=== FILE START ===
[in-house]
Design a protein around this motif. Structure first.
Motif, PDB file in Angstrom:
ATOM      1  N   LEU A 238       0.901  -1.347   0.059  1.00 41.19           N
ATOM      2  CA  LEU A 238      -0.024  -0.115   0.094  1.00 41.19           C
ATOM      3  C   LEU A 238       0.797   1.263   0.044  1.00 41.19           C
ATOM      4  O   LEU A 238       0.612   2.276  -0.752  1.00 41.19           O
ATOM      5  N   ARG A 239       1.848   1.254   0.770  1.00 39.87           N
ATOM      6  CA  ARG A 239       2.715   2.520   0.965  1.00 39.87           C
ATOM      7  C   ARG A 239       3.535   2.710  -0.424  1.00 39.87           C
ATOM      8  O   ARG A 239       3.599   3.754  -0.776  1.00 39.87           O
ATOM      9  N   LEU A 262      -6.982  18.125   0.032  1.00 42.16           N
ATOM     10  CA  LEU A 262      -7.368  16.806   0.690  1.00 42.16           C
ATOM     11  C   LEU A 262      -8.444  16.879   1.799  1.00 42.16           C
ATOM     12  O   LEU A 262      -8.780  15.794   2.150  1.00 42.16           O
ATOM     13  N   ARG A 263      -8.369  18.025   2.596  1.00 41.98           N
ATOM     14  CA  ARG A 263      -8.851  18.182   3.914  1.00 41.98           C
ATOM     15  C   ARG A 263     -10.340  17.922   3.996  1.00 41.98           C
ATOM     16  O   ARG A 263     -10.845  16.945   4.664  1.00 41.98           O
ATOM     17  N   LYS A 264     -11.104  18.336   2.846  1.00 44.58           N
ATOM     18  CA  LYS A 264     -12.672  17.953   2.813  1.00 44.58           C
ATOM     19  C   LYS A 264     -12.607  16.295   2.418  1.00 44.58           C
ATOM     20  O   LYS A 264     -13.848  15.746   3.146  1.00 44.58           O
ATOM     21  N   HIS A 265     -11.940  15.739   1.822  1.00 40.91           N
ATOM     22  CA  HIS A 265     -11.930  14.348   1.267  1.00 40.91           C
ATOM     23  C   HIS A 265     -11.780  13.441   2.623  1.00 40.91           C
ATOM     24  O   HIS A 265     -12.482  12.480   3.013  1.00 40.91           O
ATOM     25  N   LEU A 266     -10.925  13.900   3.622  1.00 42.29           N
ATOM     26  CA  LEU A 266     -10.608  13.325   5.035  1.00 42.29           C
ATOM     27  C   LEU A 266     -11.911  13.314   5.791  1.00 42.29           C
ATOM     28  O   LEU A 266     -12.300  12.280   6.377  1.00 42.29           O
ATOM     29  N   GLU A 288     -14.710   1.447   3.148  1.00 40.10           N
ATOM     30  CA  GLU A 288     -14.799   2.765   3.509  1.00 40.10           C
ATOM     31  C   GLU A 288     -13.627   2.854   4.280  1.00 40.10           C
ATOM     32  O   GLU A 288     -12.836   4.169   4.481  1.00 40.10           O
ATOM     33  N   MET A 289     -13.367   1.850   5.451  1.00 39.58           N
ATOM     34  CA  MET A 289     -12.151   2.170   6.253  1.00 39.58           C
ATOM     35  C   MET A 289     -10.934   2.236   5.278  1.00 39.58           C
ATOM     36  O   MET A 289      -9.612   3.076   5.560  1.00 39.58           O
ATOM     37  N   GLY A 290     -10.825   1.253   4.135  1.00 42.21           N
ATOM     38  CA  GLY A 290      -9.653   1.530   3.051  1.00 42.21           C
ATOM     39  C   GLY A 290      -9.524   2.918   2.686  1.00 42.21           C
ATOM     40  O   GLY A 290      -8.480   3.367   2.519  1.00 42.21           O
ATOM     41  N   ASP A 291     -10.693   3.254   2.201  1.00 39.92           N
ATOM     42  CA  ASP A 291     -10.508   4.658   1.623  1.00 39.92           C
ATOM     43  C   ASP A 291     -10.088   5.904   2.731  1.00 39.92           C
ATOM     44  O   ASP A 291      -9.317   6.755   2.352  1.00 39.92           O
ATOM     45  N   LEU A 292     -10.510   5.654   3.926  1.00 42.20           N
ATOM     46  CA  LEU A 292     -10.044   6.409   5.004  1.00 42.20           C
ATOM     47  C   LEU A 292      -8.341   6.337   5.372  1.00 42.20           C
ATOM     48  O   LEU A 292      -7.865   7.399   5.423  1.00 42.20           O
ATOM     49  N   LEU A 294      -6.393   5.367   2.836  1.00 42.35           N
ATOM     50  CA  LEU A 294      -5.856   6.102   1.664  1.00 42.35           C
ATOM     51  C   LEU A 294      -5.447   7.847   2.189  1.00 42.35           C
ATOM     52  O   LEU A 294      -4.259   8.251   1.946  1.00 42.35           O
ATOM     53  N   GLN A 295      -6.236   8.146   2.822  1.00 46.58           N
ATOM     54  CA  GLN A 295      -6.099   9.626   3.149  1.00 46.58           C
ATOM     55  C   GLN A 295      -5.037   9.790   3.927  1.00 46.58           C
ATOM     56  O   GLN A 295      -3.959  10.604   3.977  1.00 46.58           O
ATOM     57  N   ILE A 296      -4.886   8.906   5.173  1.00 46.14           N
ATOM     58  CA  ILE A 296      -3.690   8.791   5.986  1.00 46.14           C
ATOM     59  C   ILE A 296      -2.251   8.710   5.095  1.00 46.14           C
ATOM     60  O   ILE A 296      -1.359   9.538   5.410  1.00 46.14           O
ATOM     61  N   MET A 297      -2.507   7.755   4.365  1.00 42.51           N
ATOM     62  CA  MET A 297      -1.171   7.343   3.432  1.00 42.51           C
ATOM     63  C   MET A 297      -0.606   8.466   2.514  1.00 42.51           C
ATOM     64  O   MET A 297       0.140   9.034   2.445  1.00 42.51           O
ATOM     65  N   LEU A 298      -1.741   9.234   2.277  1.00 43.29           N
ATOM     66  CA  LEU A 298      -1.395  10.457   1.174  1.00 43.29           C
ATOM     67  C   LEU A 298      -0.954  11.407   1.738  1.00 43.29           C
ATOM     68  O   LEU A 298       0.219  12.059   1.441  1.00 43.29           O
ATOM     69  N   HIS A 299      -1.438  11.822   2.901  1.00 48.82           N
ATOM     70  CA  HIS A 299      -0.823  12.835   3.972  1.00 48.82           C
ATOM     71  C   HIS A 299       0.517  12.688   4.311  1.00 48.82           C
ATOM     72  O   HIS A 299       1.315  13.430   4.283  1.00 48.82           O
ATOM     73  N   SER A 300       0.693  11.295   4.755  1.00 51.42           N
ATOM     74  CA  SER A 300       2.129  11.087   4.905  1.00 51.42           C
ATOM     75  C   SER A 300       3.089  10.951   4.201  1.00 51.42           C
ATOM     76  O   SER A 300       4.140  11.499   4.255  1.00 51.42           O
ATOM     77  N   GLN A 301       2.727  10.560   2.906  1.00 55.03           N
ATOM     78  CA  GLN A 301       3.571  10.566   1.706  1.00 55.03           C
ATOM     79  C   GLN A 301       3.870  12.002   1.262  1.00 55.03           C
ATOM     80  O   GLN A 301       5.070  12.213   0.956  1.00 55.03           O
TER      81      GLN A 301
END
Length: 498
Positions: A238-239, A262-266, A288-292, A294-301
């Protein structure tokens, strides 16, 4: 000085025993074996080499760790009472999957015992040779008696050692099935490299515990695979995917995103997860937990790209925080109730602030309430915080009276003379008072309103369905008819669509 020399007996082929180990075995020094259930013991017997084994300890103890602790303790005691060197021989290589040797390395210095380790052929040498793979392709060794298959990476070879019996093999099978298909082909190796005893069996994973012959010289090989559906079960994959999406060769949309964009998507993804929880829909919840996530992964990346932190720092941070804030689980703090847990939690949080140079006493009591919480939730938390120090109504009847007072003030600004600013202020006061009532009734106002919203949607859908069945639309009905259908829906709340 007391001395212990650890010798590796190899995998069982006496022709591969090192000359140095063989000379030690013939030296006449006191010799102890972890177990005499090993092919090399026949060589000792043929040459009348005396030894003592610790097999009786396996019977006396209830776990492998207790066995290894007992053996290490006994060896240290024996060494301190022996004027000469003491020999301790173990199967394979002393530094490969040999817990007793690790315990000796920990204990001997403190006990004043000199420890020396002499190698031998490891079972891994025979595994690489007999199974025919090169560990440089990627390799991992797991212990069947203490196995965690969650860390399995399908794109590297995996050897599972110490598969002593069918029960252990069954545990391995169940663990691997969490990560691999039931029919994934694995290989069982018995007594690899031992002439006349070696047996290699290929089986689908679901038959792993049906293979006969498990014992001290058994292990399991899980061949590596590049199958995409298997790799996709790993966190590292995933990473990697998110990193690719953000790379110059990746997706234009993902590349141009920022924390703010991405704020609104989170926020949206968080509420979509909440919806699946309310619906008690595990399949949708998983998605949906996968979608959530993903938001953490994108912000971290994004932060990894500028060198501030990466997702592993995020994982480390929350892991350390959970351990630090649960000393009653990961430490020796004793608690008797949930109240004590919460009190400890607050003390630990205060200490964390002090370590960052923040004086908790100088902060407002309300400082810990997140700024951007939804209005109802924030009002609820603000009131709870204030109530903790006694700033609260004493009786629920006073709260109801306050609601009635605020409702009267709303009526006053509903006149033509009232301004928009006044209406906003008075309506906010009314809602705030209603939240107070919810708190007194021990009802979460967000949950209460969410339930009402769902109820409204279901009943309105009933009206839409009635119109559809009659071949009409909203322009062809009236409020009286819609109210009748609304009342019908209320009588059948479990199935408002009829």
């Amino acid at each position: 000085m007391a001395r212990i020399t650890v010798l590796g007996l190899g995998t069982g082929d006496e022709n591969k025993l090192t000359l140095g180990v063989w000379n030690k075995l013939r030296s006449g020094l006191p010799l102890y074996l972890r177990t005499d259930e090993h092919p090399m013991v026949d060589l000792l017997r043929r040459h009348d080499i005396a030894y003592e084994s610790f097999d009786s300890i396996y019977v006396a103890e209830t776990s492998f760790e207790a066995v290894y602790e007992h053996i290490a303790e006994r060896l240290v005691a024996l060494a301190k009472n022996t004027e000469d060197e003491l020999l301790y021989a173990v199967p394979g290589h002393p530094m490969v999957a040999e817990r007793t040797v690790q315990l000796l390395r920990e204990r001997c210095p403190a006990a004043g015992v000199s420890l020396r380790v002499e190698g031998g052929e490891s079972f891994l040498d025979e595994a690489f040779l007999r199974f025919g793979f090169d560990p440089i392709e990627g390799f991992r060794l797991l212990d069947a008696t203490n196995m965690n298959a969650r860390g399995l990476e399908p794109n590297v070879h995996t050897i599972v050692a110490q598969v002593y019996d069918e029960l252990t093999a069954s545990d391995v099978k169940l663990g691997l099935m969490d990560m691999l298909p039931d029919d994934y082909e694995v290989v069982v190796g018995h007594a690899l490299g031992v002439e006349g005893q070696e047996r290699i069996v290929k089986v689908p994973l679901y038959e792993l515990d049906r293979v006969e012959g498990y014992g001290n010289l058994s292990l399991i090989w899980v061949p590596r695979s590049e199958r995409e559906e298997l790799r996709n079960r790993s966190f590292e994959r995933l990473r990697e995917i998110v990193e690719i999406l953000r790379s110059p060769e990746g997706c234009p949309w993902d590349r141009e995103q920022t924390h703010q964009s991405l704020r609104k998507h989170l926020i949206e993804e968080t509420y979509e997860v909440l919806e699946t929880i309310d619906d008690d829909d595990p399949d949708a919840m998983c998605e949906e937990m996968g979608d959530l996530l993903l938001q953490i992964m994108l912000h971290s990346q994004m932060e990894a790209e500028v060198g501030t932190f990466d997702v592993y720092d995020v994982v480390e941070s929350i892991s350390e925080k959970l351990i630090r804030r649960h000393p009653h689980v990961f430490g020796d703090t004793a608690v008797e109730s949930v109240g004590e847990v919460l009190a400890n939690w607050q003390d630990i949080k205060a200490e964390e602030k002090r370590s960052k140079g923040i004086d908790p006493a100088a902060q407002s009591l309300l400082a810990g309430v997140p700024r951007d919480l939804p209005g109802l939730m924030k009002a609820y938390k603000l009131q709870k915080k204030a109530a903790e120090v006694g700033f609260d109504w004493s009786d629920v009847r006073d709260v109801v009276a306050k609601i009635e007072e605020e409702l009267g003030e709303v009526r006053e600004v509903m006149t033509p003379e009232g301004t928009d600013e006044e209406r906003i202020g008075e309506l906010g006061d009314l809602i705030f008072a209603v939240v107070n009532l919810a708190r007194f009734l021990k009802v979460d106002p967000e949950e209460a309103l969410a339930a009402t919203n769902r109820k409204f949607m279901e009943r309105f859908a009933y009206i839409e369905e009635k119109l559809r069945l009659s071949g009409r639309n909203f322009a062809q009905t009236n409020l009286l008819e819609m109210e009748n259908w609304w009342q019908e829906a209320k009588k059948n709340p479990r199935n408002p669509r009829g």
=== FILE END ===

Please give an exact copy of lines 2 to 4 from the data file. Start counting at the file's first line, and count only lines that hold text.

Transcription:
Design a protein around this motif. Structure first.
Motif, PDB file in Angstrom:
ATOM      1  N   LEU A 238       0.901  -1.347   0.059  1.00 41.19           N